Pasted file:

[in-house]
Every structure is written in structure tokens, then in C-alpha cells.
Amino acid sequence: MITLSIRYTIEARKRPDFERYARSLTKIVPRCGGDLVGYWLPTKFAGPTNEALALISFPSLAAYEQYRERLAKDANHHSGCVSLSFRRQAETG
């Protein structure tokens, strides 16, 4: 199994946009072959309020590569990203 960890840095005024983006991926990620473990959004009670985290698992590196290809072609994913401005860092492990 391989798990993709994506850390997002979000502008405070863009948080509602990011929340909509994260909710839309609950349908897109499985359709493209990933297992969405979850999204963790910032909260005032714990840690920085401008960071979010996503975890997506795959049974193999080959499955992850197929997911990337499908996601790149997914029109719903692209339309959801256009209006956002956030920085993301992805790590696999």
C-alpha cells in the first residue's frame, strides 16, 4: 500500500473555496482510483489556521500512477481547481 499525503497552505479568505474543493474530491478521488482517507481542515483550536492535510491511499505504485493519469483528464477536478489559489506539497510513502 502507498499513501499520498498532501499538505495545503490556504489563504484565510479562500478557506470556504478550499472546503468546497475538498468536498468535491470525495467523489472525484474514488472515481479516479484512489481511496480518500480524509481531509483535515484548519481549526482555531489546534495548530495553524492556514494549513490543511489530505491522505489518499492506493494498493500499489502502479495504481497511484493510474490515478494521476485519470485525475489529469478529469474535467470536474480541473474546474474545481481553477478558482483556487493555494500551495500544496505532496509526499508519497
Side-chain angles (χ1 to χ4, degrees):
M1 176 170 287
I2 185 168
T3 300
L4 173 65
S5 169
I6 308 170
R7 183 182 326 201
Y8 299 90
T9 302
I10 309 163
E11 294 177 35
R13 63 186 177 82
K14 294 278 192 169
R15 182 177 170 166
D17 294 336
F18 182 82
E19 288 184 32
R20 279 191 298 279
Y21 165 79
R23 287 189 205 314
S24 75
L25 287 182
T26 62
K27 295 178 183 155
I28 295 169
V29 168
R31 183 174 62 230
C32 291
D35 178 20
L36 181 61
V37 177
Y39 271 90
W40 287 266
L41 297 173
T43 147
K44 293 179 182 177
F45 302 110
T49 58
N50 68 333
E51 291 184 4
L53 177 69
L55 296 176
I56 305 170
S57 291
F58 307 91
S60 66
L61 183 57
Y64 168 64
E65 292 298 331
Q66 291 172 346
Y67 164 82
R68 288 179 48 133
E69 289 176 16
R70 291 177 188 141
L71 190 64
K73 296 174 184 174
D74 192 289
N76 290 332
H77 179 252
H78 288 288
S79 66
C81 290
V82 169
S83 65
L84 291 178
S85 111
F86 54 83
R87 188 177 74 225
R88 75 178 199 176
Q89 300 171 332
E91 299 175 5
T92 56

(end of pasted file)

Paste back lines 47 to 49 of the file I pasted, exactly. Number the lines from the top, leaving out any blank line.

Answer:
L53 177 69
L55 296 176
I56 305 170